The important furry family members


I think there are actually quite a few different talking points about pets in here in Hong Kong.  Rather than me drivelling on and writing a complete essay, it might be best if we split this post into two: before and after arrival.

So for part one:  You are moving to the 852 so where do you even start with getting your furry family member their HK visa?  Here are the most important things you need to do.

  1. Apply for a permit. You need to obtain a permit from the Agriculture, Fisheries and Conservation Department. The permit costs HK$432 for one animal and an extra HK$102 for each additional animal. The application process takes around five days.
  2. Make sure your animal is in good health. Take a trip to the vets and make sure you are up to date on all recommended vaccines, and most importantly make sure your animal has had an anti-rabies vaccine.

Cats need to be vaccinated for: Feline Panleucopaenia (Infectious Enteritis) and Cat Flu.

Dogs need to be vaccinated for: Canine Distemper, Infectious Canine Hepatitis and Canine Parvovirus.

  1. Get your cat or dog micro-chipped. All cats and dogs entering Hong Kong need to have a chip.
  2. What certificates do I need to obtain? A vaccination certificate from your vet, an animal health certificate (that mentions your micro-chip number), an anti-rabies certificate and a residence certificate – this is needed to prove your animal has been in your departure country for more than 180 days.
  3. What do I tell the airline? You need to of course call the airline in advance of your departure – costs and organisation will vary from carrier to carrier.  However, it is important that you obtain an airline carrier certificate to prove that you travelled non-stop to Hong Kong from your country of departure.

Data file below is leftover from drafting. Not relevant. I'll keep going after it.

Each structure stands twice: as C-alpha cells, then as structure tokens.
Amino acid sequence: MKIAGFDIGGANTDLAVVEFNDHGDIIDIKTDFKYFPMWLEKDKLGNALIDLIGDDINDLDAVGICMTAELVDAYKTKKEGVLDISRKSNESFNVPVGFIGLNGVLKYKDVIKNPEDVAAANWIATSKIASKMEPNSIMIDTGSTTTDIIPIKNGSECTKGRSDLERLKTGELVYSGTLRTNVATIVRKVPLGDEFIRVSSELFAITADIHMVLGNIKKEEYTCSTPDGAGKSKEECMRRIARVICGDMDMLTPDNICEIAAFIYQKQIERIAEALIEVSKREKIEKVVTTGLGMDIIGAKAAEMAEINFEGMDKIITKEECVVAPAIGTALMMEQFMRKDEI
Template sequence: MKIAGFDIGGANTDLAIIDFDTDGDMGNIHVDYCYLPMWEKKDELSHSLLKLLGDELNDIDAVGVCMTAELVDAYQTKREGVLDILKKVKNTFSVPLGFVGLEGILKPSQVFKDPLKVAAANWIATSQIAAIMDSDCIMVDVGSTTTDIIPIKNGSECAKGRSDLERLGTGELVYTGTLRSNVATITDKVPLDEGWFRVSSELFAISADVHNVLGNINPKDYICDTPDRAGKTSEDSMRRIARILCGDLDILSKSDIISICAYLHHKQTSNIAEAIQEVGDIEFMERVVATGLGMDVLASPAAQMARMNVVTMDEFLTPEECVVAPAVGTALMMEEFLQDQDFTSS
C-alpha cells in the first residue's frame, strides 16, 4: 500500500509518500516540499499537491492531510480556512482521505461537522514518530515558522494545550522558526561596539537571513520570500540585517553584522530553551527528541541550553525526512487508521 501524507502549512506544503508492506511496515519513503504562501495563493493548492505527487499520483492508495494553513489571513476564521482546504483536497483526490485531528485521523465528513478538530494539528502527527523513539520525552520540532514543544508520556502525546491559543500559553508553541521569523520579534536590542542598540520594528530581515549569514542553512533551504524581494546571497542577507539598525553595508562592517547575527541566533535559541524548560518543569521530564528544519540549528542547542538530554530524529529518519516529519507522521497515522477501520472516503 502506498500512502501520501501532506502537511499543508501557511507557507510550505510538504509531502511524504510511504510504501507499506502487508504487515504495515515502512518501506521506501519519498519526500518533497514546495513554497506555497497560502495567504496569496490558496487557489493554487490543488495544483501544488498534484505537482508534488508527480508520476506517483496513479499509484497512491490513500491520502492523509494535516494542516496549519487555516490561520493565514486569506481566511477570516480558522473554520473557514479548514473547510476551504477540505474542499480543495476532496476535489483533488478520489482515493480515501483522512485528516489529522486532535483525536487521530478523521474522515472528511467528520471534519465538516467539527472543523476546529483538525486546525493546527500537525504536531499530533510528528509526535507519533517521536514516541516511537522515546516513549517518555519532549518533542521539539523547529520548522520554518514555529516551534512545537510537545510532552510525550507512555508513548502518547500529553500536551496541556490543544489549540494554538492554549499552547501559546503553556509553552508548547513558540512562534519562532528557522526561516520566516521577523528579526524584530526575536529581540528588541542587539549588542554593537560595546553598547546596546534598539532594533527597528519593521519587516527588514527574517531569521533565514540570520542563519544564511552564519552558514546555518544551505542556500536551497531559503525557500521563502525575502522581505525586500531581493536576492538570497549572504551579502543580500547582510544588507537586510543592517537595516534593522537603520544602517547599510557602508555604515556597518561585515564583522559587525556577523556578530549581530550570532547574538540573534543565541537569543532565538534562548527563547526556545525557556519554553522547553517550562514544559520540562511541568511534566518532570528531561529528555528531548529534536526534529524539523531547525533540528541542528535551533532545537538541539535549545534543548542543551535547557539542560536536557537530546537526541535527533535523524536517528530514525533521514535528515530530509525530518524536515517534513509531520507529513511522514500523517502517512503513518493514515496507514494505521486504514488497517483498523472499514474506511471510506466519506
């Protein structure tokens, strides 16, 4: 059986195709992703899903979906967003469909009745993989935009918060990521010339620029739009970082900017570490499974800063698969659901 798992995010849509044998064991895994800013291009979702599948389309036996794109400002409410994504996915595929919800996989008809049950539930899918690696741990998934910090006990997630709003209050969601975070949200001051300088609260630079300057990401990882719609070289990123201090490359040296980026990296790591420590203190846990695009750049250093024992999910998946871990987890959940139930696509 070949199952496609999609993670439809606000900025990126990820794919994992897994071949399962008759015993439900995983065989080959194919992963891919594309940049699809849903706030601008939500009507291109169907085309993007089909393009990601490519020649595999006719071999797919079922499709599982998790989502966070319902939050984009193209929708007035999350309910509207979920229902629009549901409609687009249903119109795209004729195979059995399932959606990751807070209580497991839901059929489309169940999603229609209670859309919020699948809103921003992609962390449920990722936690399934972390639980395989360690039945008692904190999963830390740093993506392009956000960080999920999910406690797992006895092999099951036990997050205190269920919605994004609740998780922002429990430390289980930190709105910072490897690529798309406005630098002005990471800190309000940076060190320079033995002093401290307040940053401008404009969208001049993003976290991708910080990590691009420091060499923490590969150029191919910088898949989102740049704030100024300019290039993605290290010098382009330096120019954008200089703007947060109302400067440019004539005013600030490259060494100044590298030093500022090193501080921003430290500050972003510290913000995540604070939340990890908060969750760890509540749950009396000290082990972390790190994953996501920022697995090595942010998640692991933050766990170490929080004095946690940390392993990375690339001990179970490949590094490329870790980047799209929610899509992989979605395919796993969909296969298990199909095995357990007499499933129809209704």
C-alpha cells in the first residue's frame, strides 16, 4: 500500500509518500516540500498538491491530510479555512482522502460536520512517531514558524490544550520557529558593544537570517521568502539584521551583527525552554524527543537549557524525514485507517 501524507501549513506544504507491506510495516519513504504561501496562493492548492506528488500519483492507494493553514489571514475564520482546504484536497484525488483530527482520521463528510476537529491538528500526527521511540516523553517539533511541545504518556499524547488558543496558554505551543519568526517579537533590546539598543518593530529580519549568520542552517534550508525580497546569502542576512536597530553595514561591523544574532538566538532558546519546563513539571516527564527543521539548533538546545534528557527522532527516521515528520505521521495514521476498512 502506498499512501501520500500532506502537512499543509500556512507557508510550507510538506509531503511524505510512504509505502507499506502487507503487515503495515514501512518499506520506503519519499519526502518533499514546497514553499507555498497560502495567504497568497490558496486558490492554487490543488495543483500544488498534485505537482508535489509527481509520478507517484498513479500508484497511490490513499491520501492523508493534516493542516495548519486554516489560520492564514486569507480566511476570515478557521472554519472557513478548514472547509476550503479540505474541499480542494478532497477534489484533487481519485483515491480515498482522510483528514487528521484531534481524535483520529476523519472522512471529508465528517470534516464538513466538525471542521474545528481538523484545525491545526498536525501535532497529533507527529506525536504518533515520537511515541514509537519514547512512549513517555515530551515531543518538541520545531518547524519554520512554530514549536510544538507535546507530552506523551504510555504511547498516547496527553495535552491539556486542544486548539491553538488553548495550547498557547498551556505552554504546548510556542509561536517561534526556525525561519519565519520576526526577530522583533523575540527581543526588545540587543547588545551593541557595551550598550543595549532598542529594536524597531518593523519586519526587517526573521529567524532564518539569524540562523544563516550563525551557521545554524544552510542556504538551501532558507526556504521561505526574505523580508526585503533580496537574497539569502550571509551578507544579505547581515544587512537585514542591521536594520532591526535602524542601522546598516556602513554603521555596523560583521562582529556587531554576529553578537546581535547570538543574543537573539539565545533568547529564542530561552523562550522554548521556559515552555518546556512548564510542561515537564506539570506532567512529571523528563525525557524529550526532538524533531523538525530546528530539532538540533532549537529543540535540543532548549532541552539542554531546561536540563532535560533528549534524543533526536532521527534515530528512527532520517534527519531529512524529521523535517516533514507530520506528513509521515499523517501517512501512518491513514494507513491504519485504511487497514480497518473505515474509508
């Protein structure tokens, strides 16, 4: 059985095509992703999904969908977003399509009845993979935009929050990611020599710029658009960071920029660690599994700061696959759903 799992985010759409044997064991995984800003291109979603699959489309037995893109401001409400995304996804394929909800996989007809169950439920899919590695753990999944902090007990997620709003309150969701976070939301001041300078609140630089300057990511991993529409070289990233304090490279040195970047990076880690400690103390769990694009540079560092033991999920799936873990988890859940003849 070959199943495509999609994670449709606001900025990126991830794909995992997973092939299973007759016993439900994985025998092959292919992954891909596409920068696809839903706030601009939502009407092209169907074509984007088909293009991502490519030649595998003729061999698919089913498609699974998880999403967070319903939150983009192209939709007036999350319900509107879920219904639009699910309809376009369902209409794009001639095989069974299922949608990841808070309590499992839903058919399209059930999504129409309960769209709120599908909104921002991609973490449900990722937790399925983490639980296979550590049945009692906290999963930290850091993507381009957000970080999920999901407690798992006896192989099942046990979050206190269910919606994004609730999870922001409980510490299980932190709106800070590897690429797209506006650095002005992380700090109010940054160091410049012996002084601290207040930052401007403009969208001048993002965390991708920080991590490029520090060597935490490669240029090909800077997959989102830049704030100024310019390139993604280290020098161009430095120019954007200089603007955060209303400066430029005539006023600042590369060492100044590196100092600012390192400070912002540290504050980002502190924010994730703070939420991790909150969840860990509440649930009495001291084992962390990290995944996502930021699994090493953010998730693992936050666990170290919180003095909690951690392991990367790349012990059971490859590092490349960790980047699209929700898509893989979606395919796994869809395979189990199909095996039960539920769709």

4. What’s the deal with quarantine? In most cases, animals travelling from the EU, US, Singapore, Japan, NZ and Australia are not required to spend time in quarantine.  However, animals aged less than five months will remain in quarantine regardless of the country from which they have travelled from.
  5. Are there any ‘no’ cases? Animals under 60 days and those that are pregnant are not permitted under any circumstances.
  6. You’ve only talked about dogs and cats! Any other animal will need special permission to be transported to Hong Kong.  The application form for special requests can be found here.

In part two, I’ll look at the main issues after arrival such as accommodation, insurance, vets and other fun things.

If you’re relocating with JLL Residential we can help your whole family relocate – including your four legged family members!  Get in touch if you have any questions.

Chu San, Callum and I are yet to add a furry family member to The Harbourside.  What would you think would be a good addition to our family?


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